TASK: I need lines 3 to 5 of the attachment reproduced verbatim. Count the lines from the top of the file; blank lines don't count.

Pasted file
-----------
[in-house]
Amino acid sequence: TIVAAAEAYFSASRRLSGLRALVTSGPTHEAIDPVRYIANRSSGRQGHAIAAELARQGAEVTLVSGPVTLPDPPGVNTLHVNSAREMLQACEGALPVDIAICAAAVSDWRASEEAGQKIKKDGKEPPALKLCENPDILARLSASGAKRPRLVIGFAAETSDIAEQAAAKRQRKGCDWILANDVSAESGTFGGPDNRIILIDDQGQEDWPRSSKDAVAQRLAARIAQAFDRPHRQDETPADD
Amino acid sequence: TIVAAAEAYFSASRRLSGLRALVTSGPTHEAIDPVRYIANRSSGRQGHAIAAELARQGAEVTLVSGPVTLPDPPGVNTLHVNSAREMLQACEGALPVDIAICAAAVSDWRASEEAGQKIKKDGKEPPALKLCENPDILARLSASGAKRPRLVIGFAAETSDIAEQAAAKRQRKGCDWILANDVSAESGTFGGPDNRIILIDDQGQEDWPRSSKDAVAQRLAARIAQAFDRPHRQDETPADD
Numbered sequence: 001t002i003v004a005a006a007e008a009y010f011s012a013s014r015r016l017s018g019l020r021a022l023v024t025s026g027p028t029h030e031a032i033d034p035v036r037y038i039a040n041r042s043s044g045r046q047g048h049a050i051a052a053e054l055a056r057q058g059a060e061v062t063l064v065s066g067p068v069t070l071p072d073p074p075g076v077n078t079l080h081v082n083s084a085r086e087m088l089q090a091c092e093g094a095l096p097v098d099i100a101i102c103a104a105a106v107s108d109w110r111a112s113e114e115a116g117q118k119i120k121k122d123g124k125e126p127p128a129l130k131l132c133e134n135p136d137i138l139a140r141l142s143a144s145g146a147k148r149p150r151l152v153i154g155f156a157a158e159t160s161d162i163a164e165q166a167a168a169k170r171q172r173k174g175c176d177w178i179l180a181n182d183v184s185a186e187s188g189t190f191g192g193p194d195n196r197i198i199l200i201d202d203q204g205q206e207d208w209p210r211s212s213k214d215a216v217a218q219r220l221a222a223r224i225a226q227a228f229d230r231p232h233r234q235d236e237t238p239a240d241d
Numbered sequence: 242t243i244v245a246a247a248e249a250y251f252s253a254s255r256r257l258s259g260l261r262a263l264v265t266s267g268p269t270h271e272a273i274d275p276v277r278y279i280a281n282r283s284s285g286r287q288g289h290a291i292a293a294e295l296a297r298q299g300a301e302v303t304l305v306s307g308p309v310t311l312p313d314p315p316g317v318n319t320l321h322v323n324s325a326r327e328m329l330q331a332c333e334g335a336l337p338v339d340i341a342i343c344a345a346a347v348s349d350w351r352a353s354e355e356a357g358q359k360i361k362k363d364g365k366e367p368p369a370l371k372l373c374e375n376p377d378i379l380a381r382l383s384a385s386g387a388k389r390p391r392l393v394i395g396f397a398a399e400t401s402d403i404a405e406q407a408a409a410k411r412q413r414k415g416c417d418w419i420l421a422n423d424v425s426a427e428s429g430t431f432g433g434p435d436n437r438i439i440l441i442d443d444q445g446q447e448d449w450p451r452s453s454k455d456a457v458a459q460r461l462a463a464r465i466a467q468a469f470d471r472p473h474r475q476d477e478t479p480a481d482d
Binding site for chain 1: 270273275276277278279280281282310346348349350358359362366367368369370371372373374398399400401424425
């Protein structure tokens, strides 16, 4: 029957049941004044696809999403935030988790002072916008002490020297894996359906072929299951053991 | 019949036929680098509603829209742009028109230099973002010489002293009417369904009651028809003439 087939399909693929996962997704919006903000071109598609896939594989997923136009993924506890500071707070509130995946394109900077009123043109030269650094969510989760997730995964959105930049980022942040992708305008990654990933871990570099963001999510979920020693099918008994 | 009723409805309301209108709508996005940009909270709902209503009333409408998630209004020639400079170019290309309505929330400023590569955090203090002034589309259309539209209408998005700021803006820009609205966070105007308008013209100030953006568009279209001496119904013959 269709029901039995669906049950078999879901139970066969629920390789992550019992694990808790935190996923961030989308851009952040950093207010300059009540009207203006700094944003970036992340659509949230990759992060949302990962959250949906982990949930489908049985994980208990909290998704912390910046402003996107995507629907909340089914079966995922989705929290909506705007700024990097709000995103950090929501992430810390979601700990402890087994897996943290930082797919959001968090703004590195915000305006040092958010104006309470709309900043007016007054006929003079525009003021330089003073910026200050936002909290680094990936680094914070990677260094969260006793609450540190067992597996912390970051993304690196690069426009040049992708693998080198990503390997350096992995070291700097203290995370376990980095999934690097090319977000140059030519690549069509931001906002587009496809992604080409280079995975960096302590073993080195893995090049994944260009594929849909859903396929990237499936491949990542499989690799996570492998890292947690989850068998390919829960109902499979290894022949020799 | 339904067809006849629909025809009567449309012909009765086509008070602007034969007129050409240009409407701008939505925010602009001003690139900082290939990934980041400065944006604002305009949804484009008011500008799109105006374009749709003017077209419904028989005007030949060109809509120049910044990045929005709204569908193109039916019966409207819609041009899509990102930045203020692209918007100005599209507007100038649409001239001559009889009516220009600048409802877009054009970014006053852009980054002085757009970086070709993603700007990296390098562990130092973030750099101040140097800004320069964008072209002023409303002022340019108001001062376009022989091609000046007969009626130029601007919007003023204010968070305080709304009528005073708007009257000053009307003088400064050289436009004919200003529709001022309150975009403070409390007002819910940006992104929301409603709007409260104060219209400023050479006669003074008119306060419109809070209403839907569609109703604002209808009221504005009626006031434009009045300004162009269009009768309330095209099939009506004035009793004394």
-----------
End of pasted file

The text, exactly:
Amino acid sequence: TIVAAAEAYFSASRRLSGLRALVTSGPTHEAIDPVRYIANRSSGRQGHAIAAELARQGAEVTLVSGPVTLPDPPGVNTLHVNSAREMLQACEGALPVDIAICAAAVSDWRASEEAGQKIKKDGKEPPALKLCENPDILARLSASGAKRPRLVIGFAAETSDIAEQAAAKRQRKGCDWILANDVSAESGTFGGPDNRIILIDDQGQEDWPRSSKDAVAQRLAARIAQAFDRPHRQDETPADD
Numbered sequence: 001t002i003v004a005a006a007e008a009y010f011s012a013s014r015r016l017s018g019l020r021a022l023v024t025s026g027p028t029h030e031a032i033d034p035v036r037y038i039a040n041r042s043s044g045r046q047g048h049a050i051a052a053e054l055a056r057q058g059a060e061v062t063l064v065s066g067p068v069t070l071p072d073p074p075g076v077n078t079l080h081v082n083s084a085r086e087m088l089q090a091c092e093g094a095l096p097v098d099i100a101i102c103a104a105a106v107s108d109w110r111a112s113e114e115a116g117q118k119i120k121k122d123g124k125e126p127p128a129l130k131l132c133e134n135p136d137i138l139a140r141l142s143a144s145g146a147k148r149p150r151l152v153i154g155f156a157a158e159t160s161d162i163a164e165q166a167a168a169k170r171q172r173k174g175c176d177w178i179l180a181n182d183v184s185a186e187s188g189t190f191g192g193p194d195n196r197i198i199l200i201d202d203q204g205q206e207d208w209p210r211s212s213k214d215a216v217a218q219r220l221a222a223r224i225a226q227a228f229d230r231p232h233r234q235d236e237t238p239a240d241d
Numbered sequence: 242t243i244v245a246a247a248e249a250y251f252s253a254s255r256r257l258s259g260l261r262a263l264v265t266s267g268p269t270h271e272a273i274d275p276v277r278y279i280a281n282r283s284s285g286r287q288g289h290a291i292a293a294e295l296a297r298q299g300a301e302v303t304l305v306s307g308p309v310t311l312p313d314p315p316g317v318n319t320l321h322v323n324s325a326r327e328m329l330q331a332c333e334g335a336l337p338v339d340i341a342i343c344a345a346a347v348s349d350w351r352a353s354e355e356a357g358q359k360i361k362k363d364g365k366e367p368p369a370l371k372l373c374e375n376p377d378i379l380a381r382l383s384a385s386g387a388k389r390p391r392l393v394i395g396f397a398a399e400t401s402d403i404a405e406q407a408a409a410k411r412q413r414k415g416c417d418w419i420l421a422n423d424v425s426a427e428s429g430t431f432g433g434p435d436n437r438i439i440l441i442d443d444q445g446q447e448d449w450p451r452s453s454k455d456a457v458a459q460r461l462a463a464r465i466a467q468a469f470d471r472p473h474r475q476d477e478t479p480a481d482d